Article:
'Only Great Britain can live without a written constitution,' he joked in welcoming the fact that Russia was being offered a new Basic Law with, he said, particularly impressive clauses defending human rights. But, since President Boris Yeltsin used force to disband the old Soviet parliament in October, a draft produced earlier this year had been changed considerably to give more power to the executive and less influence to the legislature and regions.
'Okay, let that be,' said Mr Gorbachev, 'but we need to give people a chance to really consider the text. Instead an attempt is being made to force the pace, to take advantage of the situation, to railroad the constitution through and have it adopted in the name of the people.'
Mr Yeltsin has called a referendum on the constitution for 12 December, the same day elections to a new parliament are to be held. The President, apparently fearing Russia will plunge into further political chaos if the text is rejected, has told the 13 parties campaigning for the elections they must stick to promoting their programmes and not create controversy over the constitution.
Mr Gorbachev pounced on that instruction as evidence to support his view that the coming Russian elections cannot possibly be free and fair in the present tense atmosphere. ' 'Don't mess with the constitution', that's what he (Mr Yeltsin) said. What an amazing democracy we have] So much for free elections]' The former Kremlin leader proposed that the referendum should go ahead, but that afterwards the new Federal Assembly (parliament) should do 'finishing work' to the text.
Last night the government asked the electoral commission to bar the Communist and centrist parties from the election because of their opposition to the draft constitution.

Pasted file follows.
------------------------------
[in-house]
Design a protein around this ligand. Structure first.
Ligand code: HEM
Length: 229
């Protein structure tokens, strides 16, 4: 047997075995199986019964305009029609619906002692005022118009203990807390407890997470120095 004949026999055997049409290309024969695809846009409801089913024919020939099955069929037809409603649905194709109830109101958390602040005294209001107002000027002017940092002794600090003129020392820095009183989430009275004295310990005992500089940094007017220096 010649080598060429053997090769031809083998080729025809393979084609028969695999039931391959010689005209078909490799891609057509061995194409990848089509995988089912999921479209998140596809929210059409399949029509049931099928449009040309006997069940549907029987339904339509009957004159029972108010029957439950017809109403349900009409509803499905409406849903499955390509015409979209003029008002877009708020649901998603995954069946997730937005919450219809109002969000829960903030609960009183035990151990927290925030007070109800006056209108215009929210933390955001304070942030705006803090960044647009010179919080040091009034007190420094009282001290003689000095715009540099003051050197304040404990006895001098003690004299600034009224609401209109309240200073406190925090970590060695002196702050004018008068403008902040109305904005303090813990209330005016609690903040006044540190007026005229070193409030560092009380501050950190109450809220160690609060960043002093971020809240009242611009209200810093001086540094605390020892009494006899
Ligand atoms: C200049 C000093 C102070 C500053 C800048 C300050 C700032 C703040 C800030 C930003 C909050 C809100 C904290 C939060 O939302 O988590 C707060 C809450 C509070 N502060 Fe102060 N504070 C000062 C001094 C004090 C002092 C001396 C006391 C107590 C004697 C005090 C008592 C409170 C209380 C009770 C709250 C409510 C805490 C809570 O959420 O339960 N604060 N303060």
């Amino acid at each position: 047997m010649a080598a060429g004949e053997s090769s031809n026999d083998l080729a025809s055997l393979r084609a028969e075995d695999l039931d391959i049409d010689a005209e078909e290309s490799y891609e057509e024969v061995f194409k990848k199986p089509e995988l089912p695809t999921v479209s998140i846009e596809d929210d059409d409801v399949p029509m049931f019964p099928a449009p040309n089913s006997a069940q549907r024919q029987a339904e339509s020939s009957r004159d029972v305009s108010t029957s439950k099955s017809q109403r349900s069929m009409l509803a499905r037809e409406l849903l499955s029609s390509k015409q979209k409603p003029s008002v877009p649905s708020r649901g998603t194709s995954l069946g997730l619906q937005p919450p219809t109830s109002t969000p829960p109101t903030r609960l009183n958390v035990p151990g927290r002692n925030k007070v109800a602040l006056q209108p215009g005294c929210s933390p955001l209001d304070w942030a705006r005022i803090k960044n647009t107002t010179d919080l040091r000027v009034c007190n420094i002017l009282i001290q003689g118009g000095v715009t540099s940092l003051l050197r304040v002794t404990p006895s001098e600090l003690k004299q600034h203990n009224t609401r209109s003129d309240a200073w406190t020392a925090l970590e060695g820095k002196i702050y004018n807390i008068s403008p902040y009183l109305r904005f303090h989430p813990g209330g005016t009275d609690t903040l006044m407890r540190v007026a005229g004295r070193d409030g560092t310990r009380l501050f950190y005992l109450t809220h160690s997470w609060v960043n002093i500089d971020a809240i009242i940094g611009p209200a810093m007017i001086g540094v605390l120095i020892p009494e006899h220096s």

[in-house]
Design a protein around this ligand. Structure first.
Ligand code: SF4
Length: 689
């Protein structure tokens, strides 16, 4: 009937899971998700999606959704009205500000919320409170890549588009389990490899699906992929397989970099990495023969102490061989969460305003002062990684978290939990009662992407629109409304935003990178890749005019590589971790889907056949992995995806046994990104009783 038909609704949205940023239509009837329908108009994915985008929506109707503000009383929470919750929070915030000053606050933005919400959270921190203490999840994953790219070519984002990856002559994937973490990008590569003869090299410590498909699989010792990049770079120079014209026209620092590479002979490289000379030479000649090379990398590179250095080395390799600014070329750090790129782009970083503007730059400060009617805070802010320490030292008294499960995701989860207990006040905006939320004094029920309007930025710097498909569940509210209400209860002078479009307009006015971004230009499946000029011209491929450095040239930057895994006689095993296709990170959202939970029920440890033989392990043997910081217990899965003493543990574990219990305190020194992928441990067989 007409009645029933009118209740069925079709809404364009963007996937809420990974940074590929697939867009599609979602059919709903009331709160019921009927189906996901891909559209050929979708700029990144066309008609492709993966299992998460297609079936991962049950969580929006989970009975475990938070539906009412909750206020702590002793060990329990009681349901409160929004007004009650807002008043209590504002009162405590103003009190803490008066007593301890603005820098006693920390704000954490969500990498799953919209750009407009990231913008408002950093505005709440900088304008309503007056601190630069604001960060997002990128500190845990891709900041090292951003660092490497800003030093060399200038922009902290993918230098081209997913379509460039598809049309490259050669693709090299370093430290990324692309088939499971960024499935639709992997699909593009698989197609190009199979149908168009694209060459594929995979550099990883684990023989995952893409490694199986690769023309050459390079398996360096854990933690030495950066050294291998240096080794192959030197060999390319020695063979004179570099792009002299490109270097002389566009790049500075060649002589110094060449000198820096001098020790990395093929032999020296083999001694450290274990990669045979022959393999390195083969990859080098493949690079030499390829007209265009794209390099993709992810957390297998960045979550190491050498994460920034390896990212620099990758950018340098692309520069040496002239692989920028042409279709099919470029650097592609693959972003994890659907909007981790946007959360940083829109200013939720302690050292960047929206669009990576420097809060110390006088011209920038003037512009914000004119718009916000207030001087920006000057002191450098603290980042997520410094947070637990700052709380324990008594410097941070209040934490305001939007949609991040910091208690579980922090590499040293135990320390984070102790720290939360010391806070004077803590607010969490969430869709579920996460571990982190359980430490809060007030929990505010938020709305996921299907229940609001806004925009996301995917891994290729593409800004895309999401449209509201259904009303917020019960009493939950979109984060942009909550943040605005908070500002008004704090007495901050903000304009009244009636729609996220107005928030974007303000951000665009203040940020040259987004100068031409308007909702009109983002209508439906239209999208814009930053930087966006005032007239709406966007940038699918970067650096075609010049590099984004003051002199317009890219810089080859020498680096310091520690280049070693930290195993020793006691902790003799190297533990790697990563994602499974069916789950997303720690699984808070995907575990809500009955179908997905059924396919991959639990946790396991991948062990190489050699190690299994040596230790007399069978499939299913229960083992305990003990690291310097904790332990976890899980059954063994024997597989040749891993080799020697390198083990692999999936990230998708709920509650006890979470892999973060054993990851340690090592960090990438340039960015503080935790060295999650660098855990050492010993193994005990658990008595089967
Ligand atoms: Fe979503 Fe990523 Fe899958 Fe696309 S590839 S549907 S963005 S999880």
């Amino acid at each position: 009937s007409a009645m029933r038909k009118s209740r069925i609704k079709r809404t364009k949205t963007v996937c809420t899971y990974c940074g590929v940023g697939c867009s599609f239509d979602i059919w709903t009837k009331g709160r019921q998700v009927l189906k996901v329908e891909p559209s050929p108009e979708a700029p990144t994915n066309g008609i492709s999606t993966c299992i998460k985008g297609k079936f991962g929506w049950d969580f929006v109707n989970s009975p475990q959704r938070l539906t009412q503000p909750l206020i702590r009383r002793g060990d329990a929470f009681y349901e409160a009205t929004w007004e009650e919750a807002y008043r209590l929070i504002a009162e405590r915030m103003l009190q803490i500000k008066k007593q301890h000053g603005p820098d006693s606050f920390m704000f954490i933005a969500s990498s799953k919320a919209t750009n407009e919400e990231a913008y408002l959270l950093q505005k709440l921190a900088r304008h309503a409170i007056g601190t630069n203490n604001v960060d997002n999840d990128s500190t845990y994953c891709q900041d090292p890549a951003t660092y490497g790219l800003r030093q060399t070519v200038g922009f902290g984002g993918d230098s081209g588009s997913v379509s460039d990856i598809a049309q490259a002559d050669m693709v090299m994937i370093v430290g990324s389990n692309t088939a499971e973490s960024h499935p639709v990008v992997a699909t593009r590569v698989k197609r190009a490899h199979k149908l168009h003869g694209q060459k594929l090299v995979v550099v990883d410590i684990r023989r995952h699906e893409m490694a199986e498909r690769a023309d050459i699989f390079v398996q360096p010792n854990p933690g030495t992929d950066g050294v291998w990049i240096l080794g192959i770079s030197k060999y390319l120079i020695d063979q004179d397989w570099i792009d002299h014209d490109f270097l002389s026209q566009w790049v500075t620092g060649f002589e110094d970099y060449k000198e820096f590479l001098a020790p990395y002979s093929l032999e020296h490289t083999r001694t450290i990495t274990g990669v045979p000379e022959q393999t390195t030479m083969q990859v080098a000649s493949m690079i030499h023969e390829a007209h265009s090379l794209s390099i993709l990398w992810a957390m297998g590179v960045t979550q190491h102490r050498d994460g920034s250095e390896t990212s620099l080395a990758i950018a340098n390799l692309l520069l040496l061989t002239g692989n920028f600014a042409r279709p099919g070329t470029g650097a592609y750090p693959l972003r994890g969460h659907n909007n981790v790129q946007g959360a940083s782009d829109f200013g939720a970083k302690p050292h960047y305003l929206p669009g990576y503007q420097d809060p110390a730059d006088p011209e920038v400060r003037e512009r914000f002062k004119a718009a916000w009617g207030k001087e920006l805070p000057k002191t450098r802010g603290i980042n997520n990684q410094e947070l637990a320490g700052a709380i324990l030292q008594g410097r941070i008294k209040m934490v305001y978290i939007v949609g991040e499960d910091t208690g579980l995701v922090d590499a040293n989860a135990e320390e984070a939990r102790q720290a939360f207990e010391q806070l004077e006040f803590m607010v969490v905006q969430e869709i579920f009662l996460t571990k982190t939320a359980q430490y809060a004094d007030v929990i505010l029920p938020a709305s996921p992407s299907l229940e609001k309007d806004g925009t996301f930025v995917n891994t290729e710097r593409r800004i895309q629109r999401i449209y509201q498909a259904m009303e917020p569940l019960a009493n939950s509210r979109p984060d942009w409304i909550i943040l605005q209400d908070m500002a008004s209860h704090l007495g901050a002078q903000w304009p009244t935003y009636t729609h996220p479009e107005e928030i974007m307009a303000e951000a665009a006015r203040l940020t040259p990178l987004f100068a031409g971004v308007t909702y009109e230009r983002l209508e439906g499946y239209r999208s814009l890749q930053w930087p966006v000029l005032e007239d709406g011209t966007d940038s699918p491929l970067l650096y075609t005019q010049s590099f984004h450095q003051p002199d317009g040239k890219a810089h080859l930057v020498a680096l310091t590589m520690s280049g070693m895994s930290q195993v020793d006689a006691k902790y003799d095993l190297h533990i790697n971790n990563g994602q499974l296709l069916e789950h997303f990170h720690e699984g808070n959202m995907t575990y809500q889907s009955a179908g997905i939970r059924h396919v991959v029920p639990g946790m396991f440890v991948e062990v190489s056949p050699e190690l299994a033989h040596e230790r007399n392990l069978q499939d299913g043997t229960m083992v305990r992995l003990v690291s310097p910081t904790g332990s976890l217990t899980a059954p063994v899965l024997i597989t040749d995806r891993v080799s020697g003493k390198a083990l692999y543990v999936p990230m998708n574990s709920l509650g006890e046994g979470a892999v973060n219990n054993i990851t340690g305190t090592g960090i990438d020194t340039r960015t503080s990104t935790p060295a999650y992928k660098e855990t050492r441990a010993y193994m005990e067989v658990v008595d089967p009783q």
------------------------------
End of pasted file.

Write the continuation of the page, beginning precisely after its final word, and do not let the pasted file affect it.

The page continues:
Mr Gorbachev denies that he is motivated by hurt pride. But since Mr Yeltsin replaced him on the collapse of the Soviet Union in 1991, the former president has found few kind words to say about his successor. Yesterday, without actually attacking Mr Yeltsin by name, he criticised his attempts to transform Russia into a capitalist country. He defined Bolshevism as 'any kind of reform that forces the pace and fails to take into account the needs of the people', and then went on to say: 'Only Bolsheviks can push the country with cowboy methods. It is another kind of collectivisation. I do see a real danger of a revival of Bolshevism in the guise of new democracy. And that could bury reforms and discredit democracy.'
Mr Gorbachev said he could not recommend the radical economist Yegor Gaidar and other pro-Yeltsin reformers who are leading the electoral bloc 'Russia's Choice'. Rather, he urged voters to consider a group led by another reform economist, Grigory Yavlinsky, the centrist Civic Union and the Democratic Party of Russia, headed by a former moderate Communist, Nikolai Travkin, and a nationalist film-maker, Vyacheslav Govorukhin.
Mr Gorbachev is not standing for election but has let it be known that he would not be averse to another term as president if the people called him back. He may have to wait a long time. Many Russians have forgotten the freedom which the father of glasnost and perestroika gave them, and think only of the economic chaos that he also bequeathed. In Russia, Mikhail Gorbachev gets fewer cheers than he can expect in Britain.
The man in charge of organising the constitutional referendum has called for President Yeltsin's draft to be approved, Reuter reports.
Nikolai Ryabov, chairman of the Central Electoral Commission, said: 'I express the hope that all of us will make the right choice in favour of the constitution.'
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